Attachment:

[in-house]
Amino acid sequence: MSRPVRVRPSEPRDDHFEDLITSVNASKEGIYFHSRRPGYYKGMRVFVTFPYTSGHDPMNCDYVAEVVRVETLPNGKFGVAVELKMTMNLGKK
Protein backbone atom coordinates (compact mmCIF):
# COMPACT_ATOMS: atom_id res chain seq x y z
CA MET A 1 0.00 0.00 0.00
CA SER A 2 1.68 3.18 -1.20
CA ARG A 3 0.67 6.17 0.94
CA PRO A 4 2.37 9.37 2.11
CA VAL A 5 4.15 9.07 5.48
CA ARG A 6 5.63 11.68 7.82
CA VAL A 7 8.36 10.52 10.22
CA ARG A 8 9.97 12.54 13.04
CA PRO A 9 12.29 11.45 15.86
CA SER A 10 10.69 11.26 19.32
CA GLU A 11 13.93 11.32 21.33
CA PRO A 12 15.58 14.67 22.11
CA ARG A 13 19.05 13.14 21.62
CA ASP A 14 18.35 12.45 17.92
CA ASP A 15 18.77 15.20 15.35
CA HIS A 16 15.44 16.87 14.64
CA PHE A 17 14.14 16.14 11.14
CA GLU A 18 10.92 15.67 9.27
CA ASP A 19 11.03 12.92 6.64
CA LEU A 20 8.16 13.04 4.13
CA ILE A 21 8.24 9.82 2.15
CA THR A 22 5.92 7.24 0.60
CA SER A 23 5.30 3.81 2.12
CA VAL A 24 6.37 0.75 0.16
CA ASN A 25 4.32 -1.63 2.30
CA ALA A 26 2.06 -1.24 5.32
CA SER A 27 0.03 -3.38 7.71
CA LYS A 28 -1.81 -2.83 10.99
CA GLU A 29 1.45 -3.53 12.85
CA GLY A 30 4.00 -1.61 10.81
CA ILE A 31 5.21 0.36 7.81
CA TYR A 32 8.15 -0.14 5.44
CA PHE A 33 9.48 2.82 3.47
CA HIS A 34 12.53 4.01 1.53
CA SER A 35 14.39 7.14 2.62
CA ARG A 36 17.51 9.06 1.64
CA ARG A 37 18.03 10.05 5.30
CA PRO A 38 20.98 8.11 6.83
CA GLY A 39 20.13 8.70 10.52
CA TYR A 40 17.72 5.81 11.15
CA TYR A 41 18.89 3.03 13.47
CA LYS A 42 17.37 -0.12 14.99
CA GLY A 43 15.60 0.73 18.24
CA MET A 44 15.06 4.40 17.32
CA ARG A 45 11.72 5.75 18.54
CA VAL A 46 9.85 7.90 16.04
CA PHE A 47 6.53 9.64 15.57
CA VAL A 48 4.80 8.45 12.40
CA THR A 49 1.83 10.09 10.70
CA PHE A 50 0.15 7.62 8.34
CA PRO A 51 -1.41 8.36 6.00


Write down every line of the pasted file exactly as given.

[in-house]
Amino acid sequence: MSRPVRVRPSEPRDDHFEDLITSVNASKEGIYFHSRRPGYYKGMRVFVTFPYTSGHDPMNCDYVAEVVRVETLPNGKFGVAVELKMTMNLGKK
Protein backbone atom coordinates (compact mmCIF):
# COMPACT_ATOMS: atom_id res chain seq x y z
CA MET A 1 0.00 0.00 0.00
CA SER A 2 1.68 3.18 -1.20
CA ARG A 3 0.67 6.17 0.94
CA PRO A 4 2.37 9.37 2.11
CA VAL A 5 4.15 9.07 5.48
CA ARG A 6 5.63 11.68 7.82
CA VAL A 7 8.36 10.52 10.22
CA ARG A 8 9.97 12.54 13.04
CA PRO A 9 12.29 11.45 15.86
CA SER A 10 10.69 11.26 19.32
CA GLU A 11 13.93 11.32 21.33
CA PRO A 12 15.58 14.67 22.11
CA ARG A 13 19.05 13.14 21.62
CA ASP A 14 18.35 12.45 17.92
CA ASP A 15 18.77 15.20 15.35
CA HIS A 16 15.44 16.87 14.64
CA PHE A 17 14.14 16.14 11.14
CA GLU A 18 10.92 15.67 9.27
CA ASP A 19 11.03 12.92 6.64
CA LEU A 20 8.16 13.04 4.13
CA ILE A 21 8.24 9.82 2.15
CA THR A 22 5.92 7.24 0.60
CA SER A 23 5.30 3.81 2.12
CA VAL A 24 6.37 0.75 0.16
CA ASN A 25 4.32 -1.63 2.30
CA ALA A 26 2.06 -1.24 5.32
CA SER A 27 0.03 -3.38 7.71
CA LYS A 28 -1.81 -2.83 10.99
CA GLU A 29 1.45 -3.53 12.85
CA GLY A 30 4.00 -1.61 10.81
CA ILE A 31 5.21 0.36 7.81
CA TYR A 32 8.15 -0.14 5.44
CA PHE A 33 9.48 2.82 3.47
CA HIS A 34 12.53 4.01 1.53
CA SER A 35 14.39 7.14 2.62
CA ARG A 36 17.51 9.06 1.64
CA ARG A 37 18.03 10.05 5.30
CA PRO A 38 20.98 8.11 6.83
CA GLY A 39 20.13 8.70 10.52
CA TYR A 40 17.72 5.81 11.15
CA TYR A 41 18.89 3.03 13.47
CA LYS A 42 17.37 -0.12 14.99
CA GLY A 43 15.60 0.73 18.24
CA MET A 44 15.06 4.40 17.32
CA ARG A 45 11.72 5.75 18.54
CA VAL A 46 9.85 7.90 16.04
CA PHE A 47 6.53 9.64 15.57
CA VAL A 48 4.80 8.45 12.40
CA THR A 49 1.83 10.09 10.70
CA PHE A 50 0.15 7.62 8.34
CA PRO A 51 -1.41 8.36 6.00